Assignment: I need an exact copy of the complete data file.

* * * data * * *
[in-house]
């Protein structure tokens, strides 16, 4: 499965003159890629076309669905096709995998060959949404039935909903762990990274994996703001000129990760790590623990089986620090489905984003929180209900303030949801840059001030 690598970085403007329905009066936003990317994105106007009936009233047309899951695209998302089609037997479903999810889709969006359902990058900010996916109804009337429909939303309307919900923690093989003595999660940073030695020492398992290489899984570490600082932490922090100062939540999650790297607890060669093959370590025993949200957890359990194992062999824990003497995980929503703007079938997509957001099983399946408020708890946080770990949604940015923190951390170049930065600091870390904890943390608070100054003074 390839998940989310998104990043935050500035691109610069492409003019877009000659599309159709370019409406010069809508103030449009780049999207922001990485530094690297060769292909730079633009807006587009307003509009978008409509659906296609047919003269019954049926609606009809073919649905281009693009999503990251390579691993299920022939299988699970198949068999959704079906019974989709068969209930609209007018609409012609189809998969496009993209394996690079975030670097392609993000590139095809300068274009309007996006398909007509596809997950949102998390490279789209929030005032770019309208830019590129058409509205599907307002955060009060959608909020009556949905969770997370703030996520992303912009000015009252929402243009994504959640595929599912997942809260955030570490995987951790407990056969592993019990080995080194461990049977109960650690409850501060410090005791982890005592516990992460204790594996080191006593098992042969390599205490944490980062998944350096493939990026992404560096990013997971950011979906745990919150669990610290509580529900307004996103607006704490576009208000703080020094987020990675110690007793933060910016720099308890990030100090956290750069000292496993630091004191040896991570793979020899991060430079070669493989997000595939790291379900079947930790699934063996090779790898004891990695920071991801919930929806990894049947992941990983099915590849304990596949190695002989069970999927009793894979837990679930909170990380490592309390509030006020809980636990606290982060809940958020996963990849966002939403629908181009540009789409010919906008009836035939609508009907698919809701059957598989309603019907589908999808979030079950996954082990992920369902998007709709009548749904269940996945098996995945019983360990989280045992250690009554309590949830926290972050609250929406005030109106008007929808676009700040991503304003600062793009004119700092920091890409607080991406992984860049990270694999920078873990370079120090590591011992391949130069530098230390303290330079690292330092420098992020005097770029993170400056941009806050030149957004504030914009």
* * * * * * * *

[in-house]
């Protein structure tokens, strides 16, 4: 499965003159890629076309669905096709995998060959949404039935909903762990990274994996703001000129990760790590623990089986620090489905984003929180209900303030949801840059001030 690598970085403007329905009066936003990317994105106007009936009233047309899951695209998302089609037997479903999810889709969006359902990058900010996916109804009337429909939303309307919900923690093989003595999660940073030695020492398992290489899984570490600082932490922090100062939540999650790297607890060669093959370590025993949200957890359990194992062999824990003497995980929503703007079938997509957001099983399946408020708890946080770990949604940015923190951390170049930065600091870390904890943390608070100054003074 390839998940989310998104990043935050500035691109610069492409003019877009000659599309159709370019409406010069809508103030449009780049999207922001990485530094690297060769292909730079633009807006587009307003509009978008409509659906296609047919003269019954049926609606009809073919649905281009693009999503990251390579691993299920022939299988699970198949068999959704079906019974989709068969209930609209007018609409012609189809998969496009993209394996690079975030670097392609993000590139095809300068274009309007996006398909007509596809997950949102998390490279789209929030005032770019309208830019590129058409509205599907307002955060009060959608909020009556949905969770997370703030996520992303912009000015009252929402243009994504959640595929599912997942809260955030570490995987951790407990056969592993019990080995080194461990049977109960650690409850501060410090005791982890005592516990992460204790594996080191006593098992042969390599205490944490980062998944350096493939990026992404560096990013997971950011979906745990919150669990610290509580529900307004996103607006704490576009208000703080020094987020990675110690007793933060910016720099308890990030100090956290750069000292496993630091004191040896991570793979020899991060430079070669493989997000595939790291379900079947930790699934063996090779790898004891990695920071991801919930929806990894049947992941990983099915590849304990596949190695002989069970999927009793894979837990679930909170990380490592309390509030006020809980636990606290982060809940958020996963990849966002939403629908181009540009789409010919906008009836035939609508009907698919809701059957598989309603019907589908999808979030079950996954082990992920369902998007709709009548749904269940996945098996995945019983360990989280045992250690009554309590949830926290972050609250929406005030109106008007929808676009700040991503304003600062793009004119700092920091890409607080991406992984860049990270694999920078873990370079120090590591011992391949130069530098230390303290330079690292330092420098992020005097770029993170400056941009806050030149957004504030914009």